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A scene from the re-enactment of a same-sex union ceremony in a church in Croydon. Roger Burg as the priest is about to give lighted candles to the couple being joined together.
Adelphopoiesis (Greek ἀδελφοποίησις, literally the making of brothers) refers to a number of ceremonies used by different branches of the Christian church in the middle ages, to unite people of the same sex. The exact meaning of these ceremonies has been debated. The American writer John Boswell interpreted them as almost the equivalent of gay marriage. However the British gay historian Alan Bray was more cautious in his interpretation.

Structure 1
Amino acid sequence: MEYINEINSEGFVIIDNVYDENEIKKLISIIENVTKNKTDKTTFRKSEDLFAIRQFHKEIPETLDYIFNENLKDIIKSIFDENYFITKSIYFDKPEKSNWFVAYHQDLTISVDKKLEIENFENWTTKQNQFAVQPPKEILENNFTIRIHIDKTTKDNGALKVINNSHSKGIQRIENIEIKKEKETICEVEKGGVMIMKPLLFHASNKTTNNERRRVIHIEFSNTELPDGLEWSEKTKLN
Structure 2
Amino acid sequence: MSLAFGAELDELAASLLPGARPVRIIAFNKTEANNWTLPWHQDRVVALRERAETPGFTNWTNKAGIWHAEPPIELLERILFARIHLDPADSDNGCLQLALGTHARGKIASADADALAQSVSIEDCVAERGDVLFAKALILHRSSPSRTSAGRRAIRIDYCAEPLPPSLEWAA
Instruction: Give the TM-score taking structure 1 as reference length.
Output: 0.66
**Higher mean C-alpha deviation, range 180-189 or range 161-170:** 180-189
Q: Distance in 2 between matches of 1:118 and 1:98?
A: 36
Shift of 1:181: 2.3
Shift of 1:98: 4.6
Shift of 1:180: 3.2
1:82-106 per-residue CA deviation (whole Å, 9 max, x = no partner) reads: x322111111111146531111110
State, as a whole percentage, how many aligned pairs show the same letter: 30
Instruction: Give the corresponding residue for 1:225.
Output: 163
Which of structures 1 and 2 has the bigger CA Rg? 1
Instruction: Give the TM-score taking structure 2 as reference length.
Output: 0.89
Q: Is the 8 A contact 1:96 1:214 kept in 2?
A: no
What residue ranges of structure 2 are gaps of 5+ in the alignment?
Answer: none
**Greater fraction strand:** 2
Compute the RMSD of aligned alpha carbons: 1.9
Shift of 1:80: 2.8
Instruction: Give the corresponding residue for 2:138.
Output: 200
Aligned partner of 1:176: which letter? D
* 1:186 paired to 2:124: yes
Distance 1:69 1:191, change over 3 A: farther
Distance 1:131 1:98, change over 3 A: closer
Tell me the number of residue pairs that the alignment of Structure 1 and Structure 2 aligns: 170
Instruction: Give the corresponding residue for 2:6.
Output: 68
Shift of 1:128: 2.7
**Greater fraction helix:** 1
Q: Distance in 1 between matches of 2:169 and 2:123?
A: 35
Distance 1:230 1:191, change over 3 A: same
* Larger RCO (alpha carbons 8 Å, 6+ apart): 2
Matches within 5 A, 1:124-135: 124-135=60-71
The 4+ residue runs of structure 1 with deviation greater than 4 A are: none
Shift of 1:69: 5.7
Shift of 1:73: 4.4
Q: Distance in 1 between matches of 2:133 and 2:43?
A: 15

In 2004, in the period leading up to the introduction of civil partnerships in the UK, some members of Croydon Area Gay Society staged re-enactments of a version of the ceremony, in both its Eastern Orthodox and its Roman Catholic versions.

A booklet describing the re-enactments was sent to selected members of the House of Lords, with a letter asking them to vote in favour of civil partnerships, and was mentioned during the Lords debate.

A further re-enactment, held in February 2008 as part of Croydon's contribution to LGBT History Month, also featured sworn brotherhood in English history, with examples from Chaucer and traditional ballads, with a mention of Sir John Clanvowe and Sir Richard Neville.

External links An account of the re-enactments, with background material (dead link: archived version available at